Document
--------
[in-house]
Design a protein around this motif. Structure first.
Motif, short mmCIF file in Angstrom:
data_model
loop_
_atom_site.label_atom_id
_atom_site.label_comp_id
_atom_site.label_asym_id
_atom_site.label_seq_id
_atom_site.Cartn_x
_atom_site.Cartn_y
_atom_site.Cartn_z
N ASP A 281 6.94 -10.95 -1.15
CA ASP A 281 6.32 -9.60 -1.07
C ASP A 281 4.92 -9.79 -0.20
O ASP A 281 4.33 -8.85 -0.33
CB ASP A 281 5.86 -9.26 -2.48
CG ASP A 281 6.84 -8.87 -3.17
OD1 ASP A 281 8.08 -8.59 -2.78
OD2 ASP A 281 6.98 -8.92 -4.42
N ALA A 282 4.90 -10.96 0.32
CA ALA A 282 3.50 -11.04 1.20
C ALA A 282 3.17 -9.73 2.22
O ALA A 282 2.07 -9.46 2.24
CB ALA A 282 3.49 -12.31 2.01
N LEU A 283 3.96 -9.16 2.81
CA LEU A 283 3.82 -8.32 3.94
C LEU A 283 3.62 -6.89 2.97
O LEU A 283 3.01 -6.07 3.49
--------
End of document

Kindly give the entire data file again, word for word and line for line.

[in-house]
Design a protein around this motif. Structure first.
Motif, short mmCIF file in Angstrom:
data_model
loop_
_atom_site.label_atom_id
_atom_site.label_comp_id
_atom_site.label_asym_id
_atom_site.label_seq_id
_atom_site.Cartn_x
_atom_site.Cartn_y
_atom_site.Cartn_z
N ASP A 281 6.94 -10.95 -1.15
CA ASP A 281 6.32 -9.60 -1.07
C ASP A 281 4.92 -9.79 -0.20
O ASP A 281 4.33 -8.85 -0.33
CB ASP A 281 5.86 -9.26 -2.48
CG ASP A 281 6.84 -8.87 -3.17
OD1 ASP A 281 8.08 -8.59 -2.78
OD2 ASP A 281 6.98 -8.92 -4.42
N ALA A 282 4.90 -10.96 0.32
CA ALA A 282 3.50 -11.04 1.20
C ALA A 282 3.17 -9.73 2.22
O ALA A 282 2.07 -9.46 2.24
CB ALA A 282 3.49 -12.31 2.01
N LEU A 283 3.96 -9.16 2.81
CA LEU A 283 3.82 -8.32 3.94
C LEU A 283 3.62 -6.89 2.97
O LEU A 283 3.01 -6.07 3.49